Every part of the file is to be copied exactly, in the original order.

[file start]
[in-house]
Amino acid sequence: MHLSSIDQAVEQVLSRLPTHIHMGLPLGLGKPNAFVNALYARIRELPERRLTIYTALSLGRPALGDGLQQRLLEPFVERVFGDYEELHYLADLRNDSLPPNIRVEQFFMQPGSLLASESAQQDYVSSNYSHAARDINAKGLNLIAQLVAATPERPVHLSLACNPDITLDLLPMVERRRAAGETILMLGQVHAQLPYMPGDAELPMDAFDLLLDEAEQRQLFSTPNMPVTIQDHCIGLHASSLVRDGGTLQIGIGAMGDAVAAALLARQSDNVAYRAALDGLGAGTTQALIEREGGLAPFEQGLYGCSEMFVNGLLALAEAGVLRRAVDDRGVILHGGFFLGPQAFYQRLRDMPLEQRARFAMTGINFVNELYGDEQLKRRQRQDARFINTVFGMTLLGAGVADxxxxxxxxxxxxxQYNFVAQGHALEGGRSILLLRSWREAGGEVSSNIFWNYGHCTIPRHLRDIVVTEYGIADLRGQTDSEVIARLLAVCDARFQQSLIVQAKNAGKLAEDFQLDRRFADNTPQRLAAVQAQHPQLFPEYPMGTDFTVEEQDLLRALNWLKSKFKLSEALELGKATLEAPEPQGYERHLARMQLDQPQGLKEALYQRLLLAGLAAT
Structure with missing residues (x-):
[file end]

[in-house]
Amino acid sequence: MHLSSIDQAVEQVLSRLPTHIHMGLPLGLGKPNAFVNALYARIRELPERRLTIYTALSLGRPALGDGLQQRLLEPFVERVFGDYEELHYLADLRNDSLPPNIRVEQFFMQPGSLLASESAQQDYVSSNYSHAARDINAKGLNLIAQLVAATPERPVHLSLACNPDITLDLLPMVERRRAAGETILMLGQVHAQLPYMPGDAELPMDAFDLLLDEAEQRQLFSTPNMPVTIQDHCIGLHASSLVRDGGTLQIGIGAMGDAVAAALLARQSDNVAYRAALDGLGAGTTQALIEREGGLAPFEQGLYGCSEMFVNGLLALAEAGVLRRAVDDRGVILHGGFFLGPQAFYQRLRDMPLEQRARFAMTGINFVNELYGDEQLKRRQRQDARFINTVFGMTLLGAGVADxxxxxxxxxxxxxQYNFVAQGHALEGGRSILLLRSWREAGGEVSSNIFWNYGHCTIPRHLRDIVVTEYGIADLRGQTDSEVIARLLAVCDARFQQSLIVQAKNAGKLAEDFQLDRRFADNTPQRLAAVQAQHPQLFPEYPMGTDFTVEEQDLLRALNWLKSKFKLSEALELGKATLEAPEPQGYERHLARMQLDQPQGLKEALYQRLLLAGLAAT
Structure with missing residues (x-):